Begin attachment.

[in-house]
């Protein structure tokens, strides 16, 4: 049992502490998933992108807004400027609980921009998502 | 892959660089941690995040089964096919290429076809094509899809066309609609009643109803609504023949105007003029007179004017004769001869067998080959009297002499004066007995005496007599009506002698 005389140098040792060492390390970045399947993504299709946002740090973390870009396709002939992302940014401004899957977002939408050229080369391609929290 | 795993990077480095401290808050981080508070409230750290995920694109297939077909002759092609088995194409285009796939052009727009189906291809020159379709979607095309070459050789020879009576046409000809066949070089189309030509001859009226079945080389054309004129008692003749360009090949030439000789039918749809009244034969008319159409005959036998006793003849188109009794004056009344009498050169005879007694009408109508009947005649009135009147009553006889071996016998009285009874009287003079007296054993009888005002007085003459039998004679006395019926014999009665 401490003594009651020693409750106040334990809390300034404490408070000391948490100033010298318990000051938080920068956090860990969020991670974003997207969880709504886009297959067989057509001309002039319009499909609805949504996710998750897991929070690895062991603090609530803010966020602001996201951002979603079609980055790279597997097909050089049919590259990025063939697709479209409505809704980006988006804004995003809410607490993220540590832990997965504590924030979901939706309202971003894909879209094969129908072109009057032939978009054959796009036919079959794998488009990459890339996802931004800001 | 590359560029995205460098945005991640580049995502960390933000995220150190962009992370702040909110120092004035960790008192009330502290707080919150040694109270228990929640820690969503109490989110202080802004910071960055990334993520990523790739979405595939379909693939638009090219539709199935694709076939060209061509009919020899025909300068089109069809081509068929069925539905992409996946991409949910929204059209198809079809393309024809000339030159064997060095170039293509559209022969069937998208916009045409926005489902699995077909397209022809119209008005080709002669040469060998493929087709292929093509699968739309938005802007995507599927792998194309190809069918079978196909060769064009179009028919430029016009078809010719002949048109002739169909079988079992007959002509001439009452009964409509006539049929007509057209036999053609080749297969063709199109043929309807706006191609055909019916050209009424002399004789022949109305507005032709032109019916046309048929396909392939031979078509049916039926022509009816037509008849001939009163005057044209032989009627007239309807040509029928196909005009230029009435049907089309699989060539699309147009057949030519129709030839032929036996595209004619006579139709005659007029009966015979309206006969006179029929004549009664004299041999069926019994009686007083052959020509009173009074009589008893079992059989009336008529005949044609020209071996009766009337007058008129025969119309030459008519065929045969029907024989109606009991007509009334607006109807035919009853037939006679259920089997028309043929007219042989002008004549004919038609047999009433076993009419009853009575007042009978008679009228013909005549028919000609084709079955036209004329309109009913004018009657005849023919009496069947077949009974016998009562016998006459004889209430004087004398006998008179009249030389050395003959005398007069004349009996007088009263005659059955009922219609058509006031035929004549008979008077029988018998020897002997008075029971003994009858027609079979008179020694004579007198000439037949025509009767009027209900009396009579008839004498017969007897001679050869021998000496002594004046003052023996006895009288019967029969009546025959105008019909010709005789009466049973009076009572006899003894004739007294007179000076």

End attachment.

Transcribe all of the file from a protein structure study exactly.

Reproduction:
[in-house]
């Protein structure tokens, strides 16, 4: 049992502490998933992108807004400027609980921009998502 | 892959660089941690995040089964096919290429076809094509899809066309609609009643109803609504023949105007003029007179004017004769001869067998080959009297002499004066007995005496007599009506002698 005389140098040792060492390390970045399947993504299709946002740090973390870009396709002939992302940014401004899957977002939408050229080369391609929290 | 795993990077480095401290808050981080508070409230750290995920694109297939077909002759092609088995194409285009796939052009727009189906291809020159379709979607095309070459050789020879009576046409000809066949070089189309030509001859009226079945080389054309004129008692003749360009090949030439000789039918749809009244034969008319159409005959036998006793003849188109009794004056009344009498050169005879007694009408109508009947005649009135009147009553006889071996016998009285009874009287003079007296054993009888005002007085003459039998004679006395019926014999009665 401490003594009651020693409750106040334990809390300034404490408070000391948490100033010298318990000051938080920068956090860990969020991670974003997207969880709504886009297959067989057509001309002039319009499909609805949504996710998750897991929070690895062991603090609530803010966020602001996201951002979603079609980055790279597997097909050089049919590259990025063939697709479209409505809704980006988006804004995003809410607490993220540590832990997965504590924030979901939706309202971003894909879209094969129908072109009057032939978009054959796009036919079959794998488009990459890339996802931004800001 | 590359560029995205460098945005991640580049995502960390933000995220150190962009992370702040909110120092004035960790008192009330502290707080919150040694109270228990929640820690969503109490989110202080802004910071960055990334993520990523790739979405595939379909693939638009090219539709199935694709076939060209061509009919020899025909300068089109069809081509068929069925539905992409996946991409949910929204059209198809079809393309024809000339030159064997060095170039293509559209022969069937998208916009045409926005489902699995077909397209022809119209008005080709002669040469060998493929087709292929093509699968739309938005802007995507599927792998194309190809069918079978196909060769064009179009028919430029016009078809010719002949048109002739169909079988079992007959002509001439009452009964409509006539049929007509057209036999053609080749297969063709199109043929309807706006191609055909019916050209009424002399004789022949109305507005032709032109019916046309048929396909392939031979078509049916039926022509009816037509008849001939009163005057044209032989009627007239309807040509029928196909005009230029009435049907089309699989060539699309147009057949030519129709030839032929036996595209004619006579139709005659007029009966015979309206006969006179029929004549009664004299041999069926019994009686007083052959020509009173009074009589008893079992059989009336008529005949044609020209071996009766009337007058008129025969119309030459008519065929045969029907024989109606009991007509009334607006109807035919009853037939006679259920089997028309043929007219042989002008004549004919038609047999009433076993009419009853009575007042009978008679009228013909005549028919000609084709079955036209004329309109009913004018009657005849023919009496069947077949009974016998009562016998006459004889209430004087004398006998008179009249030389050395003959005398007069004349009996007088009263005659059955009922219609058509006031035929004549008979008077029988018998020897002997008075029971003994009858027609079979008179020694004579007198000439037949025509009767009027209900009396009579008839004498017969007897001679050869021998000496002594004046003052023996006895009288019967029969009546025959105008019909010709005789009466049973009076009572006899003894004739007294007179000076």